SEATTLE — The micro-housing debate in Seattle is growing, with a new focus in the Eastlake neighborhood.
At Lake Union Mail, manager Jules James, condemns the tiny units.
“It’s not housing, it’s shelter. It’s a hotel, not housing,” said James.
James is talking about Eastlake’s new micro-housing complex, The Footprint, at Louisa and Franklin. It has 39 units, between 120 and 200 square feet.
Each unit has a sink, microwave, bathroom, shared kitchen and shared living room.
James says he speaks for many Eastlake residents.
“We’re going back to the 19th century tenements, where it’s overcrowded, substandard housing,” he said.
“It’s the difference between an Escalade and a Smart Car,” said Roger Valdez with Smart Growth Seattle, a group of developers.
Valdez says the tiny units provide affordable housing in great neighborhoods, like Eastlake, for a lot of people.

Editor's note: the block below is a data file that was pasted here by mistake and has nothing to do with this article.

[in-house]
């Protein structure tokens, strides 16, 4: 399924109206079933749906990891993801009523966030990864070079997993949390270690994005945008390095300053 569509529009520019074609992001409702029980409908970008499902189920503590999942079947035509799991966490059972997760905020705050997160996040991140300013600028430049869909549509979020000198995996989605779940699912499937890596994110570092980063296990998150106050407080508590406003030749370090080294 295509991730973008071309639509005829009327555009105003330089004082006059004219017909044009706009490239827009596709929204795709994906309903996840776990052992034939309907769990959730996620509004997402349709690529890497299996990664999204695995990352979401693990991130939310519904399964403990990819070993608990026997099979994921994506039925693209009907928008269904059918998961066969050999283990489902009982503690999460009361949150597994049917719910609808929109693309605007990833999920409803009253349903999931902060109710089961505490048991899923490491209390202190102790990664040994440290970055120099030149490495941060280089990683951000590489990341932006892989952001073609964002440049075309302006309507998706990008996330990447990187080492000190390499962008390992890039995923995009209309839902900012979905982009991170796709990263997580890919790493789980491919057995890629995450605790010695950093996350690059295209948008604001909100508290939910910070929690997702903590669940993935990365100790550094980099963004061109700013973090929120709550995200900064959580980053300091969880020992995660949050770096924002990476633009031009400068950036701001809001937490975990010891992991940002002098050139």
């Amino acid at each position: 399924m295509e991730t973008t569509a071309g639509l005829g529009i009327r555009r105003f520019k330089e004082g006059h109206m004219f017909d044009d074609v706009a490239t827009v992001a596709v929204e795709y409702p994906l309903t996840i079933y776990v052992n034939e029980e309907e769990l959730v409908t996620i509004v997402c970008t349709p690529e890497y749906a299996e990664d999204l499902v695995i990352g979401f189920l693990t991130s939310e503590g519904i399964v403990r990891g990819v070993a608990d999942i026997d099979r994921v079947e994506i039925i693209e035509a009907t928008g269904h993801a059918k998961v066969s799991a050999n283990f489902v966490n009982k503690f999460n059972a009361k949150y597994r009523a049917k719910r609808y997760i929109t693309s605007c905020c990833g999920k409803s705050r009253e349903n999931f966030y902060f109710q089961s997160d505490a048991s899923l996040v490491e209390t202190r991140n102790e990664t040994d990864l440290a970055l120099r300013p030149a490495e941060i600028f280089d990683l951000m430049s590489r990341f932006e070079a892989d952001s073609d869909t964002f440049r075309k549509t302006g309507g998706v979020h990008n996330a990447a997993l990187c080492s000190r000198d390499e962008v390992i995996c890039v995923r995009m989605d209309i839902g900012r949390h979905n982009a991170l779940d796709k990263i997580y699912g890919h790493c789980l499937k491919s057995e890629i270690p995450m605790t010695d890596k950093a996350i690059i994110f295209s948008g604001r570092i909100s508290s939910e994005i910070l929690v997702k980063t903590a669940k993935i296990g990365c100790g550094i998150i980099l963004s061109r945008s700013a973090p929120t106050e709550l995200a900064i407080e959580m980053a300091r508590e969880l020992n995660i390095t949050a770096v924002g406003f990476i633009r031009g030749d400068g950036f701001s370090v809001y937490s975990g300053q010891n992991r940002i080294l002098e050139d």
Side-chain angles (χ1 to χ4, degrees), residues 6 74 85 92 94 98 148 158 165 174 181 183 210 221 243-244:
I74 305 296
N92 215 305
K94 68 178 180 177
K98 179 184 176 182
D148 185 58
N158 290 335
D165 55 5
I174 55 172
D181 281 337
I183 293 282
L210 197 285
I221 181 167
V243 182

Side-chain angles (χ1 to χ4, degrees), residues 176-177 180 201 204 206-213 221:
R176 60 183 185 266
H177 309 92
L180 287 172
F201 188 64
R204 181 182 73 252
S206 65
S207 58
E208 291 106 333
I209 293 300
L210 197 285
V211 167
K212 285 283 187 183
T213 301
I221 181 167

Seattle City Council Member Mike O’Brien has a proposal for micro-units. It calls for an average size unit of 220 square feet, and shared kitchens only in high density zones.
A few blocks away from The Footprint, another micro-housing complex with 52 units is being planned.
James warns, “It’s a payday loan of housing. Its looks good, but it’s going to screw you over in a few years.”
The Seattle City Council will discuss O’Brien’s plan next month.